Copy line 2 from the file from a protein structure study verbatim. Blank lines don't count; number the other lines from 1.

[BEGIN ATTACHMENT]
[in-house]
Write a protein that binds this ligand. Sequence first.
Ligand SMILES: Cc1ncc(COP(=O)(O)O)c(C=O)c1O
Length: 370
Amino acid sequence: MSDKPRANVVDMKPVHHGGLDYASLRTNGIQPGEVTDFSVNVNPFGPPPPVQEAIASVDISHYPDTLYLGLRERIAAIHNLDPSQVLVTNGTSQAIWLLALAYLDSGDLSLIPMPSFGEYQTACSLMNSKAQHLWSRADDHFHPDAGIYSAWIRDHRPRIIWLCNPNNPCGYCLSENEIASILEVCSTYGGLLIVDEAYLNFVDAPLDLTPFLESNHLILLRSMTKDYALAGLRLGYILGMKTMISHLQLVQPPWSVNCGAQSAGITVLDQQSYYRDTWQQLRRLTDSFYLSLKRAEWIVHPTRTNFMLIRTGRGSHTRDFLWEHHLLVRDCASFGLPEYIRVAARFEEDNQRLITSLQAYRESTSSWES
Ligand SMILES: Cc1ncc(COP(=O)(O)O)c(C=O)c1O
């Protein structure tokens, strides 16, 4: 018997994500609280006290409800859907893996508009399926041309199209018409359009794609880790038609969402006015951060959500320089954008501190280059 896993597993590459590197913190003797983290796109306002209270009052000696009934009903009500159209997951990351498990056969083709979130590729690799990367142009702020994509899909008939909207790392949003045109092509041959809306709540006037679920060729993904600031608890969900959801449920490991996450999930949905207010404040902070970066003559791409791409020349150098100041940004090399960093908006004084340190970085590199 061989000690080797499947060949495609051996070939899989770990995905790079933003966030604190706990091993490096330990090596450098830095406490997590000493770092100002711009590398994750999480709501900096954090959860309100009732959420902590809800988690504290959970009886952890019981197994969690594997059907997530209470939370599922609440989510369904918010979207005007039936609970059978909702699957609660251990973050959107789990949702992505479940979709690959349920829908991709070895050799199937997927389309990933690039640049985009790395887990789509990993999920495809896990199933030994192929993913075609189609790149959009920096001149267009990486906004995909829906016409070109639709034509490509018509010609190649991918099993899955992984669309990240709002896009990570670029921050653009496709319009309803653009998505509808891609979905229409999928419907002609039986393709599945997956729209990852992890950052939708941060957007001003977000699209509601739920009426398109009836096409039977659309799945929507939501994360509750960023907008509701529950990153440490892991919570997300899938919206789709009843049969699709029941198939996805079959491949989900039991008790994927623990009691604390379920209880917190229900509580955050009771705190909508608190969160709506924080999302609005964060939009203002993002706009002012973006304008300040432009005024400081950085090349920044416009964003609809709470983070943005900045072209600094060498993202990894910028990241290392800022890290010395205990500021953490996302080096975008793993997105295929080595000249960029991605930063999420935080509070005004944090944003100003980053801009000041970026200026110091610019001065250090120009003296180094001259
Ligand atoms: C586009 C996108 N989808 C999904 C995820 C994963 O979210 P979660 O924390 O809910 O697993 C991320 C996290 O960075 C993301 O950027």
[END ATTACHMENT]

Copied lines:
Write a protein that binds this ligand. Sequence first.